Last month on our Joliet medical malpractice law blog, we had mentioned that prescription painkiller overdose deaths remain a huge concern in the U.S. The Centers for Disease Control and Prevention recently reported that one type of painkiller, methadone, is the cause of about 30 percent of all fatal pain-reliever overdoses.
Although patients are certainly responsible for taking the correct doses of their medications, doctors must also make sure that they carefully prescribe strong painkillers and other medications in order to prevent fatal overdoses or other medication errors. When patients have a history of addiction, or when patients will not benefit from taking a pain-reliever, doctors may want to consider safer alternatives when prescribing medications.
One doctor recently surrendered his license to practice medicine after it was discovered that he was not as conservative as he should have been when prescribing pain medications. Several of his patients had suffered fatal overdoses.
The wife of one of the doctor’s patients has filed a lawsuit. The medical malpractice lawsuit claims the doctor “caused or contributed to” the patient’s death. The woman’s husband was only 32 years old when he died of an overdose. The widow is now caring for their two young children on her own.
According to the widow’s suit, her husband started taking hydrocodone painkillers in 2007 when the man’s doctor prescribed the drugs. The woman says that her husband later became addicted to the painkillers and overdosed in 2010. If the doctor had been more conservative when prescribing addictive painkillers, the woman’s husband might not have ever been given a prescription for hydrocodone.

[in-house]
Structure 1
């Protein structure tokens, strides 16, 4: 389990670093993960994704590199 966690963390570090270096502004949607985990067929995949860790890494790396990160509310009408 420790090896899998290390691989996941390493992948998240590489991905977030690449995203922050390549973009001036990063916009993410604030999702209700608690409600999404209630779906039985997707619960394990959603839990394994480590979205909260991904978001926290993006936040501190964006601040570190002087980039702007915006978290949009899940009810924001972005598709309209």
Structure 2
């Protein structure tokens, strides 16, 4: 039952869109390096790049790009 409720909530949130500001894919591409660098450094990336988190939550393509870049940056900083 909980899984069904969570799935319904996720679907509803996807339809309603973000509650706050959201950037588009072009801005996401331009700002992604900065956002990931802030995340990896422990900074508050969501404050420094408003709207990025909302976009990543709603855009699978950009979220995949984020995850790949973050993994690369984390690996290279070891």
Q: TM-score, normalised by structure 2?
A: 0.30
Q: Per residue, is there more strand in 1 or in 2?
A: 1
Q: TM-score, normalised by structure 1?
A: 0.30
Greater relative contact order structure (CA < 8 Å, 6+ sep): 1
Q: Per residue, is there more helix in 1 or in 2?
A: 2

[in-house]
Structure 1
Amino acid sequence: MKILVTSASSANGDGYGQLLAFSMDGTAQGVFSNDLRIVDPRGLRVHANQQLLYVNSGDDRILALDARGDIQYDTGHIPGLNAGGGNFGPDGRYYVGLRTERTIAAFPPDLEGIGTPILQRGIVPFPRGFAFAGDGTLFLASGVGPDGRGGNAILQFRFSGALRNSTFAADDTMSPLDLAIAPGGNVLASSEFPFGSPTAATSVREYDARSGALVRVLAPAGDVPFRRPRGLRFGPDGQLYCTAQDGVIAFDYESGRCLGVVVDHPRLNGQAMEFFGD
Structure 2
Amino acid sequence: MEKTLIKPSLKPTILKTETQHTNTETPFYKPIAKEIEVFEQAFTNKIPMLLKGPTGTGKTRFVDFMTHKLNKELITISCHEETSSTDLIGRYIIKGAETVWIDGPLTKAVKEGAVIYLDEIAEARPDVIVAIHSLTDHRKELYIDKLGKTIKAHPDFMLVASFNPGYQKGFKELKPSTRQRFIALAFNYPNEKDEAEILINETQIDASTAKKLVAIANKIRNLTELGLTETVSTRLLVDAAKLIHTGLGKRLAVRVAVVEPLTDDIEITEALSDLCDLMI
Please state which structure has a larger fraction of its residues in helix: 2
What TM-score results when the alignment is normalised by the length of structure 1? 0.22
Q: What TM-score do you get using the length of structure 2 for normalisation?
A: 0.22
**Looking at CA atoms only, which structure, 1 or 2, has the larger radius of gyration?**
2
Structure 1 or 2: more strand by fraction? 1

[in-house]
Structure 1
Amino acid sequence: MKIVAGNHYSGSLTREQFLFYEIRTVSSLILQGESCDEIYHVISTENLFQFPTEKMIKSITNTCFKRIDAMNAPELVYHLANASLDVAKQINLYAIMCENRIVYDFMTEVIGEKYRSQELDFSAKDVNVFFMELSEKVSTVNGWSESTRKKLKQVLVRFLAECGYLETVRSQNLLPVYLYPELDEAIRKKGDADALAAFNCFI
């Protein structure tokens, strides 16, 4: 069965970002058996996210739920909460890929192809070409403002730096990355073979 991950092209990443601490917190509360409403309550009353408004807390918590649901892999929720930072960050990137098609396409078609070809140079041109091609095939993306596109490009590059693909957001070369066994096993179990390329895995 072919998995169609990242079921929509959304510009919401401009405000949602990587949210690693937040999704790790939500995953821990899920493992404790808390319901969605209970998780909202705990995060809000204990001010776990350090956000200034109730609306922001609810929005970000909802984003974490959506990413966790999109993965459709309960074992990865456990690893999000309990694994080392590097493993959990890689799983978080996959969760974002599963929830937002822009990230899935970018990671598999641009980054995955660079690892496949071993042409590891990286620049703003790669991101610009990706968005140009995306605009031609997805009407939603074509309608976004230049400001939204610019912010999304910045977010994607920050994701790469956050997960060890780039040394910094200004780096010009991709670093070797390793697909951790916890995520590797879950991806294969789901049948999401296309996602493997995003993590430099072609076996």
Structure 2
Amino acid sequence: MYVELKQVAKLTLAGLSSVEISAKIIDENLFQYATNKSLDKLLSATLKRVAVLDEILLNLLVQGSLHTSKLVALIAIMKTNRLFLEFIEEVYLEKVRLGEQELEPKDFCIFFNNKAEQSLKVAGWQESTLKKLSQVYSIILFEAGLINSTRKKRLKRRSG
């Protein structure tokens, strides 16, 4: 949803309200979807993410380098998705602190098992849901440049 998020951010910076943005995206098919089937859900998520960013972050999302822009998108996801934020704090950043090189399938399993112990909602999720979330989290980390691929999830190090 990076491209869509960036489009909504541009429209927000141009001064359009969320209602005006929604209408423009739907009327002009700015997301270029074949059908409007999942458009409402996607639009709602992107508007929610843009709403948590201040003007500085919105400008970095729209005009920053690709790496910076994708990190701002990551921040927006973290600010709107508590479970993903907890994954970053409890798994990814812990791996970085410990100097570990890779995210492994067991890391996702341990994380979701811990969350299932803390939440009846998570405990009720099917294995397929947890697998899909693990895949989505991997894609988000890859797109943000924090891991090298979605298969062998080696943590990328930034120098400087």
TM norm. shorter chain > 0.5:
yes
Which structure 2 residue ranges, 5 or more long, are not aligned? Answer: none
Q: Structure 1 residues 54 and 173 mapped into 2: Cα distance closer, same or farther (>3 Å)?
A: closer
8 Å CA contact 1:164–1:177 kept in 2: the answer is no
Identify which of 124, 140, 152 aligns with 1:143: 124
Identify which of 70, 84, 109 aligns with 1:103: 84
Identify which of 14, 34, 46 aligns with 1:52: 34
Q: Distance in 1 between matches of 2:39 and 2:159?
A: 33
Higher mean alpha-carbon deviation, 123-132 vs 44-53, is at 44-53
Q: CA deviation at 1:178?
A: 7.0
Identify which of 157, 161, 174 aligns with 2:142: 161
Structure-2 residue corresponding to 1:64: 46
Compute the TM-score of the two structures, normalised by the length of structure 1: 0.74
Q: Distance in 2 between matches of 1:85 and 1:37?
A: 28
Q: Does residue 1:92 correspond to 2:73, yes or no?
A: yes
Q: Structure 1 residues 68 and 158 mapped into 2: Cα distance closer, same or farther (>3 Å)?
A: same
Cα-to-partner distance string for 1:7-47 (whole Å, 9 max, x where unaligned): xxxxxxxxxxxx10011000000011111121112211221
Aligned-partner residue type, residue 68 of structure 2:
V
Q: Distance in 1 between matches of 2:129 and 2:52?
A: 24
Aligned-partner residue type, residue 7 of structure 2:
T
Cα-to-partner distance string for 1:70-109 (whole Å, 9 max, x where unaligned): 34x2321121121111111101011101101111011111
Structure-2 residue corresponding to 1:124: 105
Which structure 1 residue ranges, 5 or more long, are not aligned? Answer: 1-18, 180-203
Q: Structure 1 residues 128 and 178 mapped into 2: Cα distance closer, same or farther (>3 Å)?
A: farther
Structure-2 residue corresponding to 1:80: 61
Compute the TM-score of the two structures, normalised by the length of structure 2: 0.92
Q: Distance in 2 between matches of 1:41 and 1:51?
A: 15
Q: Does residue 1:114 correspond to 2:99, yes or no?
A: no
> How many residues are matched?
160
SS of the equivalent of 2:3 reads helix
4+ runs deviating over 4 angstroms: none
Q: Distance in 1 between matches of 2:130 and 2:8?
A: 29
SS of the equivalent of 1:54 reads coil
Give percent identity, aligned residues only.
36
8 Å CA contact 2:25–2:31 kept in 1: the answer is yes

In addition to the widow’s lawsuit, the doctor was also accused of “promiscuously” prescribing painkillers by the Iowa Board of Medicine. The board said that several of the doctor’s patients had died from overdoses. The board also discovered that the doctor had prescribed the medications to some patients without conducting all of the appropriate tests and assessments that are supposed to be administered before prescribing addictive painkillers.
The doctor has paid a $10,000 fine in response to the medical board’s accusations. However, a settlement or award has yet to be reached between the doctor and the widow who is suing him.
Source: Des Moines Register, “Newton doctor surrenders license, allegedly prescribed narcotics that killed patients,” Tony Leys, Aug. 1, 2012